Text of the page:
When former NFL football star Michael Vick first walked onto the campus of Virginia Tech as a freshman, he fell prey to vendors hawking low-limit credit cards. He signed up for one without understanding exactly how they worked, and ended up with an extremely low credit score as a result.
"I'd never been taught about financial literacy, and I didn't even know how to pay the card off," Vick says.
Vick's experience of not understanding how credit works or how to improve your credit score led him to accept a role as brand ambassador for Ypsilanti-based Bad Credit Is Childish
(BCIC), an extension of Ypsilanti credit repair business Time Travel Credit Repair
. BCIC is launching a financial literacy program for young people called Bad Credit Is Childish Academy.
Vick visited Ypsilanti Community High School and Cass Technical High School in Detroit on the morning of Dec. 2 to speak to high schoolers about the importance of financial literacy.
As adults, Ypsilanti residents and high school friends Willie Johnson and Lynwood Powell found themselves talking about their bad credit and what they could do to fix it. That led them to found Time Travel Credit Repair and BCIC – as well as the new BCIC Academy.
"We've been doing credit restoration for a while, but we wanted to do something strictly to help kids," Powell says. "We understand that kids don't have credit, so there's no repair needed, but we can teach them how to establish credit. Lots of kids don't know how things get onto a credit report. We want to help them avoid those [pitfalls] and help them not make the same mistakes we've made in the past."
Johnson says the academy starts with an emphasis on budgeting and teaches young people about accountability and responsibility. Young people attending the academy will receive a broad education on finance and money, including NFTs and cryptocurrency.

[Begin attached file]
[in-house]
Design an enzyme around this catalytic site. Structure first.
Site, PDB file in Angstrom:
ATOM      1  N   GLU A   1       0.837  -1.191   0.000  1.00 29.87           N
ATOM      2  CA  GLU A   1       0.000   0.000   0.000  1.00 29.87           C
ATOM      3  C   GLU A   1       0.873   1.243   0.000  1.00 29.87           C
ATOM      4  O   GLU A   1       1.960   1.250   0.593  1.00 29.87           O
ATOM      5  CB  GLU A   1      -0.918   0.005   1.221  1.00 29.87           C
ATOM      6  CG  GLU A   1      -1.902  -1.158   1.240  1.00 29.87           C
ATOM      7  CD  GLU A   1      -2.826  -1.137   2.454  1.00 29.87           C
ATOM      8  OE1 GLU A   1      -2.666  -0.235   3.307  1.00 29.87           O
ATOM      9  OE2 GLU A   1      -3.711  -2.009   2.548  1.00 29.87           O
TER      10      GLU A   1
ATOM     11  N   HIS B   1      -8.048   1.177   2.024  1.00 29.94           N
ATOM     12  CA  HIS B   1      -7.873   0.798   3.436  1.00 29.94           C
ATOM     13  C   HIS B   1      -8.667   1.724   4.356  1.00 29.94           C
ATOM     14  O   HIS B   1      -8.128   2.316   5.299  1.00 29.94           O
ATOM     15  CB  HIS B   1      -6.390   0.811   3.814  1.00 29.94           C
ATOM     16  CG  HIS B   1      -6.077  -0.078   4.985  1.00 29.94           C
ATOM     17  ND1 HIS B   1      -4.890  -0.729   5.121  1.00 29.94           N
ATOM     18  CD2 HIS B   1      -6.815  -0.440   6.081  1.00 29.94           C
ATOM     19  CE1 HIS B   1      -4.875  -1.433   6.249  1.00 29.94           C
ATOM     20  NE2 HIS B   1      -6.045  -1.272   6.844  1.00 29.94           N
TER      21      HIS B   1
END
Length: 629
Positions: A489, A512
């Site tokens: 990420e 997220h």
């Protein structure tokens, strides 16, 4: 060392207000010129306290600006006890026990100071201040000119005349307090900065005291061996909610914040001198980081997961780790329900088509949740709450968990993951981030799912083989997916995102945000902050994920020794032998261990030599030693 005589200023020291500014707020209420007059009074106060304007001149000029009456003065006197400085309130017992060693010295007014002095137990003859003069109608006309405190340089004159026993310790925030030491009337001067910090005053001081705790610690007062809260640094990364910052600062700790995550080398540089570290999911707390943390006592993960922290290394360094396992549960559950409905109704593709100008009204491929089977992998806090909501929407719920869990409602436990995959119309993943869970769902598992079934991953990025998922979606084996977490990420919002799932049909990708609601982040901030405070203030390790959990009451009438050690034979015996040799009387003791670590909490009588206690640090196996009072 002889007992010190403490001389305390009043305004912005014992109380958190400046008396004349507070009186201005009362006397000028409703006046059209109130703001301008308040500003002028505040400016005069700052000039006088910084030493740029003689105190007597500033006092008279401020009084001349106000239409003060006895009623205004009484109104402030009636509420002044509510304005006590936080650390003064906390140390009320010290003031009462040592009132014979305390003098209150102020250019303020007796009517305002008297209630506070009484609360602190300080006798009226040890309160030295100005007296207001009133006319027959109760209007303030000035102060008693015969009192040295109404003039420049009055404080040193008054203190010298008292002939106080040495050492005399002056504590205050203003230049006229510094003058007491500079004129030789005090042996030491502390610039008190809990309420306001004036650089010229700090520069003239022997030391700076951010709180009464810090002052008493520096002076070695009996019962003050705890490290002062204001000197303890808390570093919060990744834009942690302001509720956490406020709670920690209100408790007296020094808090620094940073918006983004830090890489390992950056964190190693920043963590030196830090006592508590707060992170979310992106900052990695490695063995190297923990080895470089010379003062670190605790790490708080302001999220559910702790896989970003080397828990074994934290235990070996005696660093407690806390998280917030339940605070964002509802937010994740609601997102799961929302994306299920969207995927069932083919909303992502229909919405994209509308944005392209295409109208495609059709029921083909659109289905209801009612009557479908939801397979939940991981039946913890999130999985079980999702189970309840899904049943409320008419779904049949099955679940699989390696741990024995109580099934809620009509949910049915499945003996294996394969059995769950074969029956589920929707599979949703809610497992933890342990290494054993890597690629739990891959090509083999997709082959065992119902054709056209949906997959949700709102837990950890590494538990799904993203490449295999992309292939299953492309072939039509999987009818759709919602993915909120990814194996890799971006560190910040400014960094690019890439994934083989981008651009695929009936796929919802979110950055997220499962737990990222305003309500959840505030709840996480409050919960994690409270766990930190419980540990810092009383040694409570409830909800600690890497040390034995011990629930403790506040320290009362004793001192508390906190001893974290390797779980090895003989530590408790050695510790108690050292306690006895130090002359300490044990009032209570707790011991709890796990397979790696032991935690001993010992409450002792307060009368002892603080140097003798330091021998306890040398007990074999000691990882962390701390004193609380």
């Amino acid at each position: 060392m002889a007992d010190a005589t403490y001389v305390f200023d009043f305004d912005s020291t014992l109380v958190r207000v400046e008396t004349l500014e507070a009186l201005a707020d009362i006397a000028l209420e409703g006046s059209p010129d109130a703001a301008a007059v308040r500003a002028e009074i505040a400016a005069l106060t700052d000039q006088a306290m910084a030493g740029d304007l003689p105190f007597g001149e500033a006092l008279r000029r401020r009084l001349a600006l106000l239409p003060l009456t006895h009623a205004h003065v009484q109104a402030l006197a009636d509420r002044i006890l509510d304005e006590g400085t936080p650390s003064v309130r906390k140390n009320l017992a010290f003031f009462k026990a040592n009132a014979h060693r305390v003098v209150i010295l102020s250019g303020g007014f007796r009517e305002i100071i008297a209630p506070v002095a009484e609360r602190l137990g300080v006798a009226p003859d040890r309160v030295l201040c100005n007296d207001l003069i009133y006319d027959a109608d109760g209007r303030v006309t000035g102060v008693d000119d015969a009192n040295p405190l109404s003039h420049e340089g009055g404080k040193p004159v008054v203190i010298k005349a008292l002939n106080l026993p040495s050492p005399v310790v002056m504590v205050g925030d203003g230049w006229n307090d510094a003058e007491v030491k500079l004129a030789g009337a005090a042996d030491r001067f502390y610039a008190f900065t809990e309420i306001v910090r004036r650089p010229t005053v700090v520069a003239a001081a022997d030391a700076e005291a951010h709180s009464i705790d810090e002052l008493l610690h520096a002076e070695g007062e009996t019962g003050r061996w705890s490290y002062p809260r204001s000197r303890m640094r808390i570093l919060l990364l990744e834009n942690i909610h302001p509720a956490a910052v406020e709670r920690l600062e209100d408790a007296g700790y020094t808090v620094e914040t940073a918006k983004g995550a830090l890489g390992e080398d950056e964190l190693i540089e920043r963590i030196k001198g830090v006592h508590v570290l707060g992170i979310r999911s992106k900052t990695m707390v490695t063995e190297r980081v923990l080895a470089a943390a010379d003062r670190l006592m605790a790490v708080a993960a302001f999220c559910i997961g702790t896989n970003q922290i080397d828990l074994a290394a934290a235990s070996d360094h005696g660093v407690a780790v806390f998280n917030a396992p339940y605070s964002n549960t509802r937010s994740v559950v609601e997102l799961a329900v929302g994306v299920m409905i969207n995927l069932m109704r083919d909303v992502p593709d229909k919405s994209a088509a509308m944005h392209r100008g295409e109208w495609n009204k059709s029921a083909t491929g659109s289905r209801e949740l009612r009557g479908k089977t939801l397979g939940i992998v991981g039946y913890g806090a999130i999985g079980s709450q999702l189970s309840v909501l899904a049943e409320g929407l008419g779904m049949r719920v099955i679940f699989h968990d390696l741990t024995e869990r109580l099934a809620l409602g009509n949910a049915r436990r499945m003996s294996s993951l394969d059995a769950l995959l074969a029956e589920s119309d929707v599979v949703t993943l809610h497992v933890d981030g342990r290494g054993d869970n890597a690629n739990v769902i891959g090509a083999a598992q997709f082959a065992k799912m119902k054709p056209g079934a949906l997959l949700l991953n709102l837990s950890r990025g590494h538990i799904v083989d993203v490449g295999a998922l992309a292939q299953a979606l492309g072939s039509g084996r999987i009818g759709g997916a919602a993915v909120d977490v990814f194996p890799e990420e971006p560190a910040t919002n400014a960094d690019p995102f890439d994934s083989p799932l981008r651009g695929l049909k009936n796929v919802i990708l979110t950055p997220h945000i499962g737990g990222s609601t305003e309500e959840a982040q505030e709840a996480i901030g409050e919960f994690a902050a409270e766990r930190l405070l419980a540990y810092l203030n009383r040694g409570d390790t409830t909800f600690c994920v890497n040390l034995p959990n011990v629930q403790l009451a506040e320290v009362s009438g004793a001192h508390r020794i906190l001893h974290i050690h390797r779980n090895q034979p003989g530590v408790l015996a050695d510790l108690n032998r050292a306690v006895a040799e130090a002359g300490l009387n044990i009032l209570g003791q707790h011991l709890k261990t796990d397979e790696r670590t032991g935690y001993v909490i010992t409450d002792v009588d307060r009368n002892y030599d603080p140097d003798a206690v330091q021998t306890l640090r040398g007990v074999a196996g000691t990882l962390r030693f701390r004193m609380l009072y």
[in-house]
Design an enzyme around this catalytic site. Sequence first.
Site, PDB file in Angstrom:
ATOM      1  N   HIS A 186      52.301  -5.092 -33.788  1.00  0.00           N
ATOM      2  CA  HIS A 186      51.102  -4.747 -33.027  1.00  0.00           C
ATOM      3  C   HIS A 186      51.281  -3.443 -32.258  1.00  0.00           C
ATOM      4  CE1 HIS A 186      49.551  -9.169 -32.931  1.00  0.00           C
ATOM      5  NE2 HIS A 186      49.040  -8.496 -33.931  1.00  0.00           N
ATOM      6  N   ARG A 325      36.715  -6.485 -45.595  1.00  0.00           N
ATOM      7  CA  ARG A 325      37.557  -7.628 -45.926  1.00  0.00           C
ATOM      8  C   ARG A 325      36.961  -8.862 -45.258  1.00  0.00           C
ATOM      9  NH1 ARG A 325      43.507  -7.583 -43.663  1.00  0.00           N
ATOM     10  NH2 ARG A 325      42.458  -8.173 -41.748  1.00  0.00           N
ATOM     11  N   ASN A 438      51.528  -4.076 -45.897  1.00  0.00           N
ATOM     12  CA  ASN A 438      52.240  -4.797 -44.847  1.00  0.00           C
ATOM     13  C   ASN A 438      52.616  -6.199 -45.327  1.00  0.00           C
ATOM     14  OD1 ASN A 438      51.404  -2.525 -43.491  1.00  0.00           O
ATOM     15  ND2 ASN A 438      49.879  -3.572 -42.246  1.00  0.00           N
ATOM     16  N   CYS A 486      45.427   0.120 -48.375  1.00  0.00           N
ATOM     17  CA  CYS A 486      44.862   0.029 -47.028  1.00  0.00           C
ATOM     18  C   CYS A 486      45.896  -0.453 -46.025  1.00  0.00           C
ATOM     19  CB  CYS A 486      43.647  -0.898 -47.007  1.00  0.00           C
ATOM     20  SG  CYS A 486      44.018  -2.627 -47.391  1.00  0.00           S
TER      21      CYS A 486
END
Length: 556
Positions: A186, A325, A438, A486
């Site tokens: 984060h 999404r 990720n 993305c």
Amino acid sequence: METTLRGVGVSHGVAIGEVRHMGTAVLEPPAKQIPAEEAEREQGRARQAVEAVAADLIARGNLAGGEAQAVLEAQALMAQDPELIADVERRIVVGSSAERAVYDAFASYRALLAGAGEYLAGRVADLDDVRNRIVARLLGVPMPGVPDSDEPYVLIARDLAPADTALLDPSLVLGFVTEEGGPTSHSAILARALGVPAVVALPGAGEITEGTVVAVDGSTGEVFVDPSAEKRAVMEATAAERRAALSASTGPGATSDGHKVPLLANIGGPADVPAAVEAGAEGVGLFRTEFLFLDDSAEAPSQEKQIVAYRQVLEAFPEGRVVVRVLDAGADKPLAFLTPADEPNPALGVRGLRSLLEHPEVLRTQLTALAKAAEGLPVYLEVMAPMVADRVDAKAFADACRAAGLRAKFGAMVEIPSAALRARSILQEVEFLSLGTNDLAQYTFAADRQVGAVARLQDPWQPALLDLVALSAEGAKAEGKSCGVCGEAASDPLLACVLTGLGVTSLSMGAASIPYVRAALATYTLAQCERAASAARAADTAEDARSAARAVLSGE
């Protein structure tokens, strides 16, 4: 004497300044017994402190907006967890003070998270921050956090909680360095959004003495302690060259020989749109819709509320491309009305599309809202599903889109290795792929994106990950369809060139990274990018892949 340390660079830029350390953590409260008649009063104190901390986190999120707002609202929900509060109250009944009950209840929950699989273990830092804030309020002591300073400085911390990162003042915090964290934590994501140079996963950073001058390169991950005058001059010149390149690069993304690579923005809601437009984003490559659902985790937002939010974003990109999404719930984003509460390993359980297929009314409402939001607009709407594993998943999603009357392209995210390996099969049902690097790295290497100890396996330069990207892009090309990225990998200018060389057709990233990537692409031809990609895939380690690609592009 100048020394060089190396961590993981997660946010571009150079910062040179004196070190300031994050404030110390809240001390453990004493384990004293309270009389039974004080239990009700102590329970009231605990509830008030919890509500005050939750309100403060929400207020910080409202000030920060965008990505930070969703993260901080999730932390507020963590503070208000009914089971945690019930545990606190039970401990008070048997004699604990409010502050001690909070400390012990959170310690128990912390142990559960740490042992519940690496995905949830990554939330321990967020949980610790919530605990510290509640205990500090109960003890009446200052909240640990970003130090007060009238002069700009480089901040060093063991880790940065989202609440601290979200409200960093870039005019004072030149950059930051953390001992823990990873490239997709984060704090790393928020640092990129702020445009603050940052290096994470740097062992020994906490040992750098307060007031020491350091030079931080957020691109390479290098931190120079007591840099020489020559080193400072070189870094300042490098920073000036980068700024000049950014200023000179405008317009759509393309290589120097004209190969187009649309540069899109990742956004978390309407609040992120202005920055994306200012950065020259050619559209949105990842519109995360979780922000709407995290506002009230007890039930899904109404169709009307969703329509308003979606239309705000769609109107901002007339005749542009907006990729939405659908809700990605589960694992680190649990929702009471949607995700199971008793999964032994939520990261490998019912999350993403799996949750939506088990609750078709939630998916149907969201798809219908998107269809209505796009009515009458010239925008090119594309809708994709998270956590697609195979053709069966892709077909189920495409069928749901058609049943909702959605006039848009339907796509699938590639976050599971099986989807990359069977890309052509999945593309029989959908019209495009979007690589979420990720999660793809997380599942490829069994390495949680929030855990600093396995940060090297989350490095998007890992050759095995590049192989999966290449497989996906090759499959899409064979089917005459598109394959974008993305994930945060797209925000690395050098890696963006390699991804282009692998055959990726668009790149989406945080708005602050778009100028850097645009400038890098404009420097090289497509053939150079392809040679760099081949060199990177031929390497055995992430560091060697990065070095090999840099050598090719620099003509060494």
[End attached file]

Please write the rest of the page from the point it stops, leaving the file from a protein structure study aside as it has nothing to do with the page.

Johnson says most young people they talk to don't know what a credit score is, but once they find out, they want to learn more.
"They want to figure out how to achieve the things everybody wants to achieve, so we give them a game plan," Johnson says. "They need to understand what credit is first, then ways to manage it. From there, they can use it to get whatever they want, whether it's a house, a car, or starting a business."
Vick says he and other student athletes had no financial education. He believes as many as 70% of NFL players have bad credit because, while they have a lot of money, they don't know how to manage it.
Vick says he thinks financial literacy should be a mandatory high school course.
"It's as important as a foreign language or algebra. It's something we need to pass down to the next generations," Vick says.
More information about BCIC Academy can be found here
Sarah Rigg is a freelance writer and editor in Ypsilanti Township and the project manager of On the Ground Ypsilanti. She joined Concentrate as a news writer in early 2017 and is an occasional contributor to other Issue Media Group publications. You may reach her at email@example.com.
Photos by Sarah Rigg.
Enjoy this story? Sign up
for free solutions-based reporting in your inbox each week.